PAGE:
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"Outer and Inner Space: A Video Exhibition in Three Parts"
2002-01-19 until 2002-08-18
Virginia Museum of Fine Art
Richmond, VA, USA

Outer and Inner Space brings exemplary international video art to Virginia. It presents recent major works by Pipilotti Rist (born in Switzerland in 1967), Shirin Neshat (born in Iran in 1957)), and Jane and Louise Wilson (born in England in 1967), three of the most significant artists to emerge in the past decade. They make large-scale installations, creating environments of moving images and sound with multiple video projections. Their extraordinary works have been shown at major international venues, but never before in the Southeastern United States. The exhibition will take place in three eight-week installments, each exploring the relationship between interior states of mind and external reality.

Outer and Inner Space places the three recent video installations in the context of classic video art from the 1960s to early 1980s. These early works of single-channel, monitor-based video art by the pioneering generations will be shown in an adjoining gallery; a different selection of early works will be paired with each installation. Video art has traveled an immense distance from its rough-edged, hand-held origins to the present. Advances include technological sophistication, grandeur of effect, and an ability to transport viewers to an experiential space between reality and fiction. Showing classics with recent work emphasizes video arts development and helps viewers appreciate it as a discipline with its own history, underlying formal issues and broadly shared thematic concerns.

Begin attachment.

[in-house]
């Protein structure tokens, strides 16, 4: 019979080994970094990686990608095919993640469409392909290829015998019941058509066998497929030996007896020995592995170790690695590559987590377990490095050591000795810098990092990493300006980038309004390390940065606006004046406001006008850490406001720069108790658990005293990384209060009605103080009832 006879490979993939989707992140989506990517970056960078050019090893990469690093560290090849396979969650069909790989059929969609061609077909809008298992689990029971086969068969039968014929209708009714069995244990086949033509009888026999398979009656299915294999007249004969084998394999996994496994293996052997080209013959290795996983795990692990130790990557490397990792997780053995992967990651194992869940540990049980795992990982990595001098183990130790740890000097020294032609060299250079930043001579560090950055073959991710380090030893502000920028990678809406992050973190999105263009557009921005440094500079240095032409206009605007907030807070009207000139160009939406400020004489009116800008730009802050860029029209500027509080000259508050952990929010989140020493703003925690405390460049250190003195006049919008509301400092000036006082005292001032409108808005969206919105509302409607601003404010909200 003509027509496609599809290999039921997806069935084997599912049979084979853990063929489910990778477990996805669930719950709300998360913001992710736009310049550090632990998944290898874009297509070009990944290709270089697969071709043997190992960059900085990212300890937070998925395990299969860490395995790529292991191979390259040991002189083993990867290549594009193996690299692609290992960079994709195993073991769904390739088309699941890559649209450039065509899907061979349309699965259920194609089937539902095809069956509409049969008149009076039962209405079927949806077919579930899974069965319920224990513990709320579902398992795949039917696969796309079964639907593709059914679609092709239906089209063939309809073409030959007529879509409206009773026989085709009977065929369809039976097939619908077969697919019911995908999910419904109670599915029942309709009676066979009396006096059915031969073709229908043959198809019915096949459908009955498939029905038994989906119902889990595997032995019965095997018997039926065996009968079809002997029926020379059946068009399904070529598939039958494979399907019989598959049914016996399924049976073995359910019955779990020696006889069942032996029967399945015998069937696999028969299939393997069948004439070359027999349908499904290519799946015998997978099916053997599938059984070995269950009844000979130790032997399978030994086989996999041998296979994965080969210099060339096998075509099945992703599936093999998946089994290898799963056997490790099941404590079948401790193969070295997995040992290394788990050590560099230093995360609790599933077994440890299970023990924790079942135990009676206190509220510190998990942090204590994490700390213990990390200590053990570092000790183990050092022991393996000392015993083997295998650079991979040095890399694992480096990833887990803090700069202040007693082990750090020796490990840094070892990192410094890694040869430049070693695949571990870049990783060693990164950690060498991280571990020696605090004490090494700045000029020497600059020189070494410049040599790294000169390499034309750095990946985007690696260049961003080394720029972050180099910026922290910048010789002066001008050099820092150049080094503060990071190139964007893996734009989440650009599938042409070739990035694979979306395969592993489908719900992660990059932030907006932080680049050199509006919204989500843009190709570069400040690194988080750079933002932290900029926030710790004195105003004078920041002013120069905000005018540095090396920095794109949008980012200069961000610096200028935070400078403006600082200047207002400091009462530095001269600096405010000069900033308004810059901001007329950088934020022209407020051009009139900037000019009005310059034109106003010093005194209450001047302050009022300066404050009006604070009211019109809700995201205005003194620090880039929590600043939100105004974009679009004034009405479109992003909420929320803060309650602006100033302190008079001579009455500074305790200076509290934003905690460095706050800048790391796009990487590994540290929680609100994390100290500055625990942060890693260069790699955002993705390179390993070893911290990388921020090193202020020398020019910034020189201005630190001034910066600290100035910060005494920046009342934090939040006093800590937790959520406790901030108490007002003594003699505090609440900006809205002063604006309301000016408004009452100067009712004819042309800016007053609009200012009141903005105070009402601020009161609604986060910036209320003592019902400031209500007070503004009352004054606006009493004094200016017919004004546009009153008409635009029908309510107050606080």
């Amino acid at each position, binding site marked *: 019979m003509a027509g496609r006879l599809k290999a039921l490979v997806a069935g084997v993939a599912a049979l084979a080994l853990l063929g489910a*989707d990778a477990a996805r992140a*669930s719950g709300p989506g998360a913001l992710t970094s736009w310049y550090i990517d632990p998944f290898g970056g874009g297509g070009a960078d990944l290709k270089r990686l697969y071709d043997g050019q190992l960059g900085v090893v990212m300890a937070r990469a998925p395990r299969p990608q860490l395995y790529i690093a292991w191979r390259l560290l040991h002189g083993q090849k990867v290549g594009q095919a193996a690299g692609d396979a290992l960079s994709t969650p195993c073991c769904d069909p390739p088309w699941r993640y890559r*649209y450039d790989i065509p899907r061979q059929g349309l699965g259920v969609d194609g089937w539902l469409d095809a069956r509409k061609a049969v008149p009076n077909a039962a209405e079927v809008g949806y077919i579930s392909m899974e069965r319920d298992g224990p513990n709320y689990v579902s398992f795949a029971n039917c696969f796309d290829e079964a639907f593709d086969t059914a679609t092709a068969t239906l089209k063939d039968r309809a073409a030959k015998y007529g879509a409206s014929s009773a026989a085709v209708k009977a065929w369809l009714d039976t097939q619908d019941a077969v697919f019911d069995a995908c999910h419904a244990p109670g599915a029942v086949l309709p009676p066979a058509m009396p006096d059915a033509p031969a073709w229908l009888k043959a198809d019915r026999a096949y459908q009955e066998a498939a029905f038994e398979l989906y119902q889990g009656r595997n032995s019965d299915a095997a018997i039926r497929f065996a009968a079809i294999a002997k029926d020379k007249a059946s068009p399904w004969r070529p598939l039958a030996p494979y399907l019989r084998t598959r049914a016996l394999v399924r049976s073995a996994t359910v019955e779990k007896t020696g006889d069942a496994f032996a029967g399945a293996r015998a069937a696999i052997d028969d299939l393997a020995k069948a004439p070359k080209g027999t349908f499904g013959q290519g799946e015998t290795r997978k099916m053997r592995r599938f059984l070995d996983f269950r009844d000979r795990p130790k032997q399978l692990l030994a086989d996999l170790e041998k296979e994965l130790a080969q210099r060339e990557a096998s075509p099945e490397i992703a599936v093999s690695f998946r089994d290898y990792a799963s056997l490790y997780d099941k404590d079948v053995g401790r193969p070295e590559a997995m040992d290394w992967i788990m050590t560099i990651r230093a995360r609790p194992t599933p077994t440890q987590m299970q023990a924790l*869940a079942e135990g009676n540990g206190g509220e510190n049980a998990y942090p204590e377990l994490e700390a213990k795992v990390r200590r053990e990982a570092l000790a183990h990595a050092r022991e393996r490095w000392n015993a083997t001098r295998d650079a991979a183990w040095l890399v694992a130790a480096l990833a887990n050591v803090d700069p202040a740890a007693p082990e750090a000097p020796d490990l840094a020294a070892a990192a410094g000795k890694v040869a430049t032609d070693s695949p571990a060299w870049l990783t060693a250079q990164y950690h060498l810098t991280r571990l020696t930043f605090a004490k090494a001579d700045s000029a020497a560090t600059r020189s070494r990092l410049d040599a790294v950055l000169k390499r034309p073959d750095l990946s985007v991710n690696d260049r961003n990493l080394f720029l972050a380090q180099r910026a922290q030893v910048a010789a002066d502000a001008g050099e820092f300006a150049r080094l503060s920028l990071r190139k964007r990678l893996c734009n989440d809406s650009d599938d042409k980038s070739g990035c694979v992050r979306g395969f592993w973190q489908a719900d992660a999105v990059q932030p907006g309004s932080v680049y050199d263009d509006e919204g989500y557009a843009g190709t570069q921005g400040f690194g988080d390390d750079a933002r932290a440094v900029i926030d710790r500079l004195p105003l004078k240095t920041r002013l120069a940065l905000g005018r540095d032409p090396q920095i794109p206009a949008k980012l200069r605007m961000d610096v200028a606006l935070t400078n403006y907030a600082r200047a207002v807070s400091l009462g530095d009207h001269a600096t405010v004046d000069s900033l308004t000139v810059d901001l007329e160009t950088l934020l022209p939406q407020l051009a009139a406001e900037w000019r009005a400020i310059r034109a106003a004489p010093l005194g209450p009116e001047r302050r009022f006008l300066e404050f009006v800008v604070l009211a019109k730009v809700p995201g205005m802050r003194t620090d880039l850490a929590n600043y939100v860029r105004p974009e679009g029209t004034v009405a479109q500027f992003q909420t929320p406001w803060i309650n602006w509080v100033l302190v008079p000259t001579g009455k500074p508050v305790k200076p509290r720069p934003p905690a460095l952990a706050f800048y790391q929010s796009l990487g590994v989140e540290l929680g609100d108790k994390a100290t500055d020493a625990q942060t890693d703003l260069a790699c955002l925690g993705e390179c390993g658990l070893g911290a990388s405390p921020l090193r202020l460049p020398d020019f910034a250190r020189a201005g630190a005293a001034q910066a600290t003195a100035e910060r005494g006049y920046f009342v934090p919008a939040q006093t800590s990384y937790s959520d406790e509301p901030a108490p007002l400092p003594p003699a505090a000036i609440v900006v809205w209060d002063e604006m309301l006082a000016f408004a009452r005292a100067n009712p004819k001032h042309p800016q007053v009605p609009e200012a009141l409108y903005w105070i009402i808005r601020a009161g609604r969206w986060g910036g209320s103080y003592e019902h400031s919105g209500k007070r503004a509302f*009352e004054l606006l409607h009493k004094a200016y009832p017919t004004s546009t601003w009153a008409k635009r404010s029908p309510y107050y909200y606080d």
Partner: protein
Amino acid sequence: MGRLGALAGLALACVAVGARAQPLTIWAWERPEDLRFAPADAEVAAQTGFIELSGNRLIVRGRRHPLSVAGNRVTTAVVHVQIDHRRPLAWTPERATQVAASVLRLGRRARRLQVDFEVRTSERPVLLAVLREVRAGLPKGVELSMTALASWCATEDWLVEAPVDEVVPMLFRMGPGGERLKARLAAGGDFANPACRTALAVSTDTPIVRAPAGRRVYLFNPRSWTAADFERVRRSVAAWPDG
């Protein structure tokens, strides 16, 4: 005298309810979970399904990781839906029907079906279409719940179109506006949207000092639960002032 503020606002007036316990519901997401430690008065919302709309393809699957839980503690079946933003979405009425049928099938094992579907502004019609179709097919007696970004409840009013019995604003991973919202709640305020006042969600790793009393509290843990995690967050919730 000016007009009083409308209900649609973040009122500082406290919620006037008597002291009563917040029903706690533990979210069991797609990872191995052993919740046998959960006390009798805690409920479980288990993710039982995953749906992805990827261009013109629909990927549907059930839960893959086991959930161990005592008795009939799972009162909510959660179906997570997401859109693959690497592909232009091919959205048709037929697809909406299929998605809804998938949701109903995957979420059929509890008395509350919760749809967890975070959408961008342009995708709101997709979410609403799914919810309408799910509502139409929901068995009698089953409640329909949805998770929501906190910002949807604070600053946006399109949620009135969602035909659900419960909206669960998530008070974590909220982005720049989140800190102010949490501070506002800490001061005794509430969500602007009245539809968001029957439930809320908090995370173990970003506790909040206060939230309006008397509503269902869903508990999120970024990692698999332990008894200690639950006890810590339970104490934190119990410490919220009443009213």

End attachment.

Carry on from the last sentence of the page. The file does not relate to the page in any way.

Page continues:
Pipilotti Rist, Sip My Ocean
Jan. 19–March 17, 2002

Sip My Ocean treats themes of love, loss, and body politics in a mesmerizing double-screen projection. It is accompanied by a selection of early works addressing related themes by Vito Acconci, Eleanor Antin, Lynda Benglis, Dara Birnbaum, Cecelia Condit, Joan Jonas, Paul McCarthy, Nam June Paik, Martha Rosler, William Wegman, and Hannah Wilke.

Shirin Neshat, Rapture
April 6-June 2, 2002

Rapture uses lush black-and-white projections on opposite walls to explore the strict division between men and women in some Islamic countries. A selection of early videos treats related themes of gender roles, cultural identity and spatial divides. Included are works by Marina Abramovic and Ulay, Vito Acconci, Klaus vom Bruch, Shirley Clarke, Juan Downey, Mona Hatoum, Gary Hill, Joan Jonas, Charlemagne Palestine, Howardena Pindell, Daniel Reeves, Edin Velez, and Bill Viola. Music composed by Sussan Deyhim, who will perform at the museums April 5 Fast/Forward.

Jane and Louise Wilson, Stasi City
June 22-Aug. 18, 2002

Using four projectors simultaneously in opposite corners of the room, Stasi City presents a dynamic and disorienting view of the abandoned headquarters of the former East German secret police. Works by Ant Farm and T. R. Uthco, James Byrne, Peter Campus, Dan Graham, Mary Lucier, Branda Miller, Bruce Nauman, Marcel Odenbach, Nam June Paik and Jud Yalkut, Charlemagne Palestine, Richard Serra, Steina, and Bill Viola explore related themes of vision, anxiety, surveillance and power.

This exhibition explores mature themes and several works contain some nudity. Under age 17 must be accompanied by a parent or guardian.

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